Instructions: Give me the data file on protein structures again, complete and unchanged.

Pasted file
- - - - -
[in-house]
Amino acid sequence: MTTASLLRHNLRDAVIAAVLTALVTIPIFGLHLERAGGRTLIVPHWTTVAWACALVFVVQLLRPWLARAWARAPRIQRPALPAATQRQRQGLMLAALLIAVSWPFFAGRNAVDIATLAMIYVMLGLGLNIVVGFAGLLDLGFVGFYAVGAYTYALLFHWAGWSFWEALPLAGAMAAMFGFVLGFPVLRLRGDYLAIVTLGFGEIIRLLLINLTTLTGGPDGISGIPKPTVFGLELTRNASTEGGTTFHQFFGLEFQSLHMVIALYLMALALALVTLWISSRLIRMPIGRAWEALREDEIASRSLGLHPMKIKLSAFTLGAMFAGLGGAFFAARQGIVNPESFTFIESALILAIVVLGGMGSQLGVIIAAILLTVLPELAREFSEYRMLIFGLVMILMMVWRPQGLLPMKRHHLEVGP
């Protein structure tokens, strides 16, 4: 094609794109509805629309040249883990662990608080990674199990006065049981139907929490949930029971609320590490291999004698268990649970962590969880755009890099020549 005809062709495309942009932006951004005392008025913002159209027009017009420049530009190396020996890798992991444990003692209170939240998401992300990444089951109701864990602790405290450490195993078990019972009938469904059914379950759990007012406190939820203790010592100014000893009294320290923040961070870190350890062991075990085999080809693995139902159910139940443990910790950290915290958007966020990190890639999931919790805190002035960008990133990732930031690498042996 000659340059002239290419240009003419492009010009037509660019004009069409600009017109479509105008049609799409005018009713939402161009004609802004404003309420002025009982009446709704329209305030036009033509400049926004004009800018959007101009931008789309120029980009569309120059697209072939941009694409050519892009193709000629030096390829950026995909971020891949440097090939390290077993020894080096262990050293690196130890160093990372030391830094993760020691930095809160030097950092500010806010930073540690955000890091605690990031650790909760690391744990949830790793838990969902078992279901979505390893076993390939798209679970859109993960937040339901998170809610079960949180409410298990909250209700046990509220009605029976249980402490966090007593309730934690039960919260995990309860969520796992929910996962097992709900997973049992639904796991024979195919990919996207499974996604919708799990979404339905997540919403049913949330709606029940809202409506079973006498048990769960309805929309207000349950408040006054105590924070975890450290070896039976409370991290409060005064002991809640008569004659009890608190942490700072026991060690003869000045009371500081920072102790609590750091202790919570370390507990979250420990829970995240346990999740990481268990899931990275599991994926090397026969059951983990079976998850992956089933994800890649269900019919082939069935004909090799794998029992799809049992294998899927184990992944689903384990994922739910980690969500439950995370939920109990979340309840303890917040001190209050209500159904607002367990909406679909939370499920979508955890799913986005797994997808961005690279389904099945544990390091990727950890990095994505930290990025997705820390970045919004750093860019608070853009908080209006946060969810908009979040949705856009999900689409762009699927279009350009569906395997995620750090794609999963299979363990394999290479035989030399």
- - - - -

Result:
[in-house]
Amino acid sequence: MTTASLLRHNLRDAVIAAVLTALVTIPIFGLHLERAGGRTLIVPHWTTVAWACALVFVVQLLRPWLARAWARAPRIQRPALPAATQRQRQGLMLAALLIAVSWPFFAGRNAVDIATLAMIYVMLGLGLNIVVGFAGLLDLGFVGFYAVGAYTYALLFHWAGWSFWEALPLAGAMAAMFGFVLGFPVLRLRGDYLAIVTLGFGEIIRLLLINLTTLTGGPDGISGIPKPTVFGLELTRNASTEGGTTFHQFFGLEFQSLHMVIALYLMALALALVTLWISSRLIRMPIGRAWEALREDEIASRSLGLHPMKIKLSAFTLGAMFAGLGGAFFAARQGIVNPESFTFIESALILAIVVLGGMGSQLGVIIAAILLTVLPELAREFSEYRMLIFGLVMILMMVWRPQGLLPMKRHHLEVGP
């Protein structure tokens, strides 16, 4: 094609794109509805629309040249883990662990608080990674199990006065049981139907929490949930029971609320590490291999004698268990649970962590969880755009890099020549 005809062709495309942009932006951004005392008025913002159209027009017009420049530009190396020996890798992991444990003692209170939240998401992300990444089951109701864990602790405290450490195993078990019972009938469904059914379950759990007012406190939820203790010592100014000893009294320290923040961070870190350890062991075990085999080809693995139902159910139940443990910790950290915290958007966020990190890639999931919790805190002035960008990133990732930031690498042996 000659340059002239290419240009003419492009010009037509660019004009069409600009017109479509105008049609799409005018009713939402161009004609802004404003309420002025009982009446709704329209305030036009033509400049926004004009800018959007101009931008789309120029980009569309120059697209072939941009694409050519892009193709000629030096390829950026995909971020891949440097090939390290077993020894080096262990050293690196130890160093990372030391830094993760020691930095809160030097950092500010806010930073540690955000890091605690990031650790909760690391744990949830790793838990969902078992279901979505390893076993390939798209679970859109993960937040339901998170809610079960949180409410298990909250209700046990509220009605029976249980402490966090007593309730934690039960919260995990309860969520796992929910996962097992709900997973049992639904796991024979195919990919996207499974996604919708799990979404339905997540919403049913949330709606029940809202409506079973006498048990769960309805929309207000349950408040006054105590924070975890450290070896039976409370991290409060005064002991809640008569004659009890608190942490700072026991060690003869000045009371500081920072102790609590750091202790919570370390507990979250420990829970995240346990999740990481268990899931990275599991994926090397026969059951983990079976998850992956089933994800890649269900019919082939069935004909090799794998029992799809049992294998899927184990992944689903384990994922739910980690969500439950995370939920109990979340309840303890917040001190209050209500159904607002367990909406679909939370499920979508955890799913986005797994997808961005690279389904099945544990390091990727950890990095994505930290990025997705820390970045919004750093860019608070853009908080209006946060969810908009979040949705856009999900689409762009699927279009350009569906395997995620750090794609999963299979363990394999290479035989030399």